The Rudd government will pass laws to allow the issuance of up to $25 billion of government bonds to maintain market liquidity.
At this stage, the government plans to issue only $5 billion worth of commonwealth government securities (CGS) during 2008-09, federal Treasurer Wayne Swan says.
The government has announced changes to securities lending through its bond issuance agent – the Australian Office of Financial Management (AOFM) – and is making state government bonds eligible for exemption from interest withholding tax.
“The existence of an active and efficient bond market alongside the banking system strengthens the robustness of Australia’s financial system and reduces its vulnerability to adverse shocks,” Mr Swan said in a statement.
“To maintain the important benchmarking role played by government bonds and ensure that the government has the flexibility it needs to maintain liquidity in the bond spot and futures market, we will provide legislative authority for an increase in future CGS issuance of up to $25 billion.”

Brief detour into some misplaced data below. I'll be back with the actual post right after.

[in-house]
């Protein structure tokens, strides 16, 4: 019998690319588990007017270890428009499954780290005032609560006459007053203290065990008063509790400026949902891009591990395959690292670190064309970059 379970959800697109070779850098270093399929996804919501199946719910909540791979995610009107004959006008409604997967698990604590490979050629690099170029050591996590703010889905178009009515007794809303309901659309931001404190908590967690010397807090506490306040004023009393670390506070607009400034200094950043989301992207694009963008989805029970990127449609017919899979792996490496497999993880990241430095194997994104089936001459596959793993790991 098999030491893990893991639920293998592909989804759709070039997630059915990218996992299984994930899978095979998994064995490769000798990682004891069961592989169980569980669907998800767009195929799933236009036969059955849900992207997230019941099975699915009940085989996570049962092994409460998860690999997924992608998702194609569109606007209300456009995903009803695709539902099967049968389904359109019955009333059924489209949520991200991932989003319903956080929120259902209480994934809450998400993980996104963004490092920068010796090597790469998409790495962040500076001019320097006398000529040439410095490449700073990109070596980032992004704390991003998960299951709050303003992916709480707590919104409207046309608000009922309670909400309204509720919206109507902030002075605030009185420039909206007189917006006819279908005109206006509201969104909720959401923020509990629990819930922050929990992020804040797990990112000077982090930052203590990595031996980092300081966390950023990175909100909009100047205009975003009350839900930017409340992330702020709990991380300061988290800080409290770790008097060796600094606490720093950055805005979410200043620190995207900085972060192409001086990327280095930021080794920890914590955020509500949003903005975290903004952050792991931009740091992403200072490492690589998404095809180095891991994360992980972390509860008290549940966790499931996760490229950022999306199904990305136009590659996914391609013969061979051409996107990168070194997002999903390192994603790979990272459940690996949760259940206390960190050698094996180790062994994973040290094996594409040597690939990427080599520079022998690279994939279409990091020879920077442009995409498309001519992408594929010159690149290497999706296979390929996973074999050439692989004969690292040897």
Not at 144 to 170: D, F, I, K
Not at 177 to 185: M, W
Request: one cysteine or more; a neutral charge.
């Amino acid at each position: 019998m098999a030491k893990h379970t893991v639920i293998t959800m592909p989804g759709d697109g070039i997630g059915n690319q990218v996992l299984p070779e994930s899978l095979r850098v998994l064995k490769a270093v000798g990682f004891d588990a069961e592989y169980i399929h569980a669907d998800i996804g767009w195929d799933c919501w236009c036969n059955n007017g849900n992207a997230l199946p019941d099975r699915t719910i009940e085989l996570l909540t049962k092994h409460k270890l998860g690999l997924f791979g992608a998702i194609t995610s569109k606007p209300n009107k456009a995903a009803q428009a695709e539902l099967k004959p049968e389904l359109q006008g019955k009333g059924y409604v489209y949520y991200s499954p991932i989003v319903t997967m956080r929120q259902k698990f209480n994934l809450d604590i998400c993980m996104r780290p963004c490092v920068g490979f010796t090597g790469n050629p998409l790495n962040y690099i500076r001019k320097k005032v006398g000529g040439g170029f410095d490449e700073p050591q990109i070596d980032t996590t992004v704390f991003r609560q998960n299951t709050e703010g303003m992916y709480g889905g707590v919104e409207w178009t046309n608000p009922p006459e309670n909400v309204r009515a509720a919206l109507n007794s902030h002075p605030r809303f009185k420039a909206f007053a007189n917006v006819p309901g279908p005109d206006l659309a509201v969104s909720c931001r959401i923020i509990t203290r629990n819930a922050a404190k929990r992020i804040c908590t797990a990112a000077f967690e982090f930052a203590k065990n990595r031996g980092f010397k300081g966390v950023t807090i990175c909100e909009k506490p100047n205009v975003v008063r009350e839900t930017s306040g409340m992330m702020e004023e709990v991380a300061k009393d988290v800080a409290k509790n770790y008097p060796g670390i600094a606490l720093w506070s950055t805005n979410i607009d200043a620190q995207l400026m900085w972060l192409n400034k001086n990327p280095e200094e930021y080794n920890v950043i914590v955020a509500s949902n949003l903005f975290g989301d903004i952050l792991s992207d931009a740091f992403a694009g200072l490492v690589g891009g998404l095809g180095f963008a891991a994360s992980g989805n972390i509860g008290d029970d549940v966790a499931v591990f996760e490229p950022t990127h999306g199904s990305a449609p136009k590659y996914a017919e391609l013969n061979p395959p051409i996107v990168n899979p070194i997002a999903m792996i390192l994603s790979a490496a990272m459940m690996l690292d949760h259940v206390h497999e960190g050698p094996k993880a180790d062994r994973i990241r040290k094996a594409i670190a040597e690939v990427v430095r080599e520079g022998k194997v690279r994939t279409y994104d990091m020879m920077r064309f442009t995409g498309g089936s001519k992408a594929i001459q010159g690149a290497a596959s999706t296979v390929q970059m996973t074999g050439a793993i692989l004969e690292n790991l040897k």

There are about $50 billion worth of CGS currently on issue.
“The government will add around $5 billion to issuance during 2008-09 and monitor market conditions to determine whether further issuance is required,” the treasurer said.
Mr Swan also announced changes to the operation of the securities lending facility by the AOFM.
This facility supports the CGS market by allowing market participants to access bonds that are temporarily in short supply and helps smooth the operation of the market.
Under the changed arrangements, the facility will be permitted to accept a wider range of assets as collateral.
“The change will allow the AOFM to accept similar securities to those accepted as collateral by the Reserve Bank of Australia (RBA) in its market operations,” Mr Swan said.
Among the current list of securities acceptable for the RBA’s market operations are CGS, state bonds, AAA-rated securities issued by certain supranational and foreign government agencies, bills, and certain AAA-rated residential mortgage-backed securities.
Bonds issued by state governments will also be eligible for exemption from interest withholding tax.
“This change is expected to improve depth and liquidity in state government bond markets and improve price discovery,” he said.
“A better functioning state bond market will add to the attractiveness of these bonds, and allow them to make a greater contribution to financial market stability, while resulting in only a small reduction in revenue received by the Australian government.
“These initiatives are part of a package to strengthen financial markets.”